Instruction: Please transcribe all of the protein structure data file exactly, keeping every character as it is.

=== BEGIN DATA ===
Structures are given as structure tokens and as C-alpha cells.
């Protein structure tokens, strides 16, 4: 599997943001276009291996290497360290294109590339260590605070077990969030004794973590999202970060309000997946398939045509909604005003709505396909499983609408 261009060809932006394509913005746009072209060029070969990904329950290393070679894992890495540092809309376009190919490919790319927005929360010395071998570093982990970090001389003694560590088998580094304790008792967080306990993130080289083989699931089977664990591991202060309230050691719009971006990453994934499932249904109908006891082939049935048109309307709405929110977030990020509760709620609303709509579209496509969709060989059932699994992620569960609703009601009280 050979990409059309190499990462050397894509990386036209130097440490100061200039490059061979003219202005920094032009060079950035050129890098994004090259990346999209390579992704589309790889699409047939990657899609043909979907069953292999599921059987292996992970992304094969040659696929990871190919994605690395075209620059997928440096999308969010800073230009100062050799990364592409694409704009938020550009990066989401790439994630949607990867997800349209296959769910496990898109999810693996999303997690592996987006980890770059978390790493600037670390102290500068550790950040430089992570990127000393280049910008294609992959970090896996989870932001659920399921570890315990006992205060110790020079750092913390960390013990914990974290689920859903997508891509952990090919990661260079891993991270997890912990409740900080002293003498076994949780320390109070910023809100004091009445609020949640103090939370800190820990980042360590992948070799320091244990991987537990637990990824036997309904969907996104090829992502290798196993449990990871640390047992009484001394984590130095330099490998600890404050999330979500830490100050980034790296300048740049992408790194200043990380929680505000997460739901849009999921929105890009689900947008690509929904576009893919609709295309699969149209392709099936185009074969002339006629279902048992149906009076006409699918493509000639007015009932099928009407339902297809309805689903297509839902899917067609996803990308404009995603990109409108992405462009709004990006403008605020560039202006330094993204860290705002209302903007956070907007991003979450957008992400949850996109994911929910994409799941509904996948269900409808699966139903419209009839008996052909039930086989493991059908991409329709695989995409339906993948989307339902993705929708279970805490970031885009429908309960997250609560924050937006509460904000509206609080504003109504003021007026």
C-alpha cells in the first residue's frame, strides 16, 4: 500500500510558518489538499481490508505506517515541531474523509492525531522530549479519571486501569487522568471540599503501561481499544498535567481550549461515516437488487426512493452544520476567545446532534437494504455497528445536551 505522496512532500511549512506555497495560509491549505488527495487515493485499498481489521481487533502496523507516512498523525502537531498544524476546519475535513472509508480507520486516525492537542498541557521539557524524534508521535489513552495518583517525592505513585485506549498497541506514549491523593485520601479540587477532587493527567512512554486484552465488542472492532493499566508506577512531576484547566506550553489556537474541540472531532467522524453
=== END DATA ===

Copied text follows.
Structures are given as structure tokens and as C-alpha cells.
């Protein structure tokens, strides 16, 4: 599997943001276009291996290497360290294109590339260590605070077990969030004794973590999202970060309000997946398939045509909604005003709505396909499983609408 261009060809932006394509913005746009072209060029070969990904329950290393070679894992890495540092809309376009190919490919790319927005929360010395071998570093982990970090001389003694560590088998580094304790008792967080306990993130080289083989699931089977664990591991202060309230050691719009971006990453994934499932249904109908006891082939049935048109309307709405929110977030990020509760709620609303709509579209496509969709060989059932699994992620569960609703009601009280 050979990409059309190499990462050397894509990386036209130097440490100061200039490059061979003219202005920094032009060079950035050129890098994004090259990346999209390579992704589309790889699409047939990657899609043909979907069953292999599921059987292996992970992304094969040659696929990871190919994605690395075209620059997928440096999308969010800073230009100062050799990364592409694409704009938020550009990066989401790439994630949607990867997800349209296959769910496990898109999810693996999303997690592996987006980890770059978390790493600037670390102290500068550790950040430089992570990127000393280049910008294609992959970090896996989870932001659920399921570890315990006992205060110790020079750092913390960390013990914990974290689920859903997508891509952990090919990661260079891993991270997890912990409740900080002293003498076994949780320390109070910023809100004091009445609020949640103090939370800190820990980042360590992948070799320091244990991987537990637990990824036997309904969907996104090829992502290798196993449990990871640390047992009484001394984590130095330099490998600890404050999330979500830490100050980034790296300048740049992408790194200043990380929680505000997460739901849009999921929105890009689900947008690509929904576009893919609709295309699969149209392709099936185009074969002339006629279902048992149906009076006409699918493509000639007015009932099928009407339902297809309805689903297509839902899917067609996803990308404009995603990109409108992405462009709004990006403008605020560039202006330094993204860290705002209302903007956070907007991003979450957008992400949850996109994911929910994409799941509904996948269900409808699966139903419209009839008996052909039930086989493991059908991409329709695989995409339906993948989307339902993705929708279970805490970031885009429908309960997250609560924050937006509460904000509206609080504003109504003021007026």
C-alpha cells in the first residue's frame, strides 16, 4: 500500500510558518489538499481490508505506517515541531474523509492525531522530549479519571486501569487522568471540599503501561481499544498535567481550549461515516437488487426512493452544520476567545446532534437494504455497528445536551 505522496512532500511549512506555497495560509491549505488527495487515493485499498481489521481487533502496523507516512498523525502537531498544524476546519475535513472509508480507520486516525492537542498541557521539557524524534508521535489513552495518583517525592505513585485506549498497541506514549491523593485520601479540587477532587493527567512512554486484552465488542472492532493499566508506577512531576484547566506550553489556537474541540472531532467522524453